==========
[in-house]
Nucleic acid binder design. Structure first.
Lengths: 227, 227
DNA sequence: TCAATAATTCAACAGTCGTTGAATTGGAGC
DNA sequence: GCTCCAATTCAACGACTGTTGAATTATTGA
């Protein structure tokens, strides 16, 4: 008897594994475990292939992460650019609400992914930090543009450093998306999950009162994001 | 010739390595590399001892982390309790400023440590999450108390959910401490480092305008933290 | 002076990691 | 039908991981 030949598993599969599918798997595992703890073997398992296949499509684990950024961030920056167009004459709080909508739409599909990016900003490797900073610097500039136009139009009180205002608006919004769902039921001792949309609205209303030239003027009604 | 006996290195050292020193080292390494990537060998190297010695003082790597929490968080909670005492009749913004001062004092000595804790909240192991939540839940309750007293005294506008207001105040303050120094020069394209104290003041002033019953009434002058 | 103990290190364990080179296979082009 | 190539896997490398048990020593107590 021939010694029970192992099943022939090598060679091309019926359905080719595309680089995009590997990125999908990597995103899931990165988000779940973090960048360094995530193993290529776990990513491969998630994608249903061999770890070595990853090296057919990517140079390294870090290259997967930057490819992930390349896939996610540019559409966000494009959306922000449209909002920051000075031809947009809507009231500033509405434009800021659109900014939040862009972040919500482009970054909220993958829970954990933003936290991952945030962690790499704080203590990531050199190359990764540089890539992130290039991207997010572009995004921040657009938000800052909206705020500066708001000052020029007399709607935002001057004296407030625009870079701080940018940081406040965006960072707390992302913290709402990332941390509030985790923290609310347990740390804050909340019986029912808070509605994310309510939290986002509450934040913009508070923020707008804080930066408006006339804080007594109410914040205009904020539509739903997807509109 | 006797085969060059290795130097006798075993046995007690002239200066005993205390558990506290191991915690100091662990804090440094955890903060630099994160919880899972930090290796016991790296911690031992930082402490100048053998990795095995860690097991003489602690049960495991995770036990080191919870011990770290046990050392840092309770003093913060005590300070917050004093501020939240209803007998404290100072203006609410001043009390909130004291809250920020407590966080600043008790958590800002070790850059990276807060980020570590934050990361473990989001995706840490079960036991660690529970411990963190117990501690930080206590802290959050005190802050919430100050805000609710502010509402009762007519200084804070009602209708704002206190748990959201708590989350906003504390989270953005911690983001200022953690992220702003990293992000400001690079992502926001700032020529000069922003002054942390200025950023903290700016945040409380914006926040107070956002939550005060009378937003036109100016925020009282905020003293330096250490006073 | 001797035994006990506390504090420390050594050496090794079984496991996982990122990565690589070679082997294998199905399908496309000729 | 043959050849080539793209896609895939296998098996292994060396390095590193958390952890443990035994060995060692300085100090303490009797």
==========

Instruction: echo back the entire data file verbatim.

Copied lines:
[in-house]
Nucleic acid binder design. Structure first.
Lengths: 227, 227
DNA sequence: TCAATAATTCAACAGTCGTTGAATTGGAGC
DNA sequence: GCTCCAATTCAACGACTGTTGAATTATTGA
């Protein structure tokens, strides 16, 4: 008897594994475990292939992460650019609400992914930090543009450093998306999950009162994001 | 010739390595590399001892982390309790400023440590999450108390959910401490480092305008933290 | 002076990691 | 039908991981 030949598993599969599918798997595992703890073997398992296949499509684990950024961030920056167009004459709080909508739409599909990016900003490797900073610097500039136009139009009180205002608006919004769902039921001792949309609205209303030239003027009604 | 006996290195050292020193080292390494990537060998190297010695003082790597929490968080909670005492009749913004001062004092000595804790909240192991939540839940309750007293005294506008207001105040303050120094020069394209104290003041002033019953009434002058 | 103990290190364990080179296979082009 | 190539896997490398048990020593107590 021939010694029970192992099943022939090598060679091309019926359905080719595309680089995009590997990125999908990597995103899931990165988000779940973090960048360094995530193993290529776990990513491969998630994608249903061999770890070595990853090296057919990517140079390294870090290259997967930057490819992930390349896939996610540019559409966000494009959306922000449209909002920051000075031809947009809507009231500033509405434009800021659109900014939040862009972040919500482009970054909220993958829970954990933003936290991952945030962690790499704080203590990531050199190359990764540089890539992130290039991207997010572009995004921040657009938000800052909206705020500066708001000052020029007399709607935002001057004296407030625009870079701080940018940081406040965006960072707390992302913290709402990332941390509030985790923290609310347990740390804050909340019986029912808070509605994310309510939290986002509450934040913009508070923020707008804080930066408006006339804080007594109410914040205009904020539509739903997807509109 | 006797085969060059290795130097006798075993046995007690002239200066005993205390558990506290191991915690100091662990804090440094955890903060630099994160919880899972930090290796016991790296911690031992930082402490100048053998990795095995860690097991003489602690049960495991995770036990080191919870011990770290046990050392840092309770003093913060005590300070917050004093501020939240209803007998404290100072203006609410001043009390909130004291809250920020407590966080600043008790958590800002070790850059990276807060980020570590934050990361473990989001995706840490079960036991660690529970411990963190117990501690930080206590802290959050005190802050919430100050805000609710502010509402009762007519200084804070009602209708704002206190748990959201708590989350906003504390989270953005911690983001200022953690992220702003990293992000400001690079992502926001700032020529000069922003002054942390200025950023903290700016945040409380914006926040107070956002939550005060009378937003036109100016925020009282905020003293330096250490006073 | 001797035994006990506390504090420390050594050496090794079984496991996982990122990565690589070679082997294998199905399908496309000729 | 043959050849080539793209896609895939296998098996292994060396390095590193958390952890443990035994060995060692300085100090303490009797």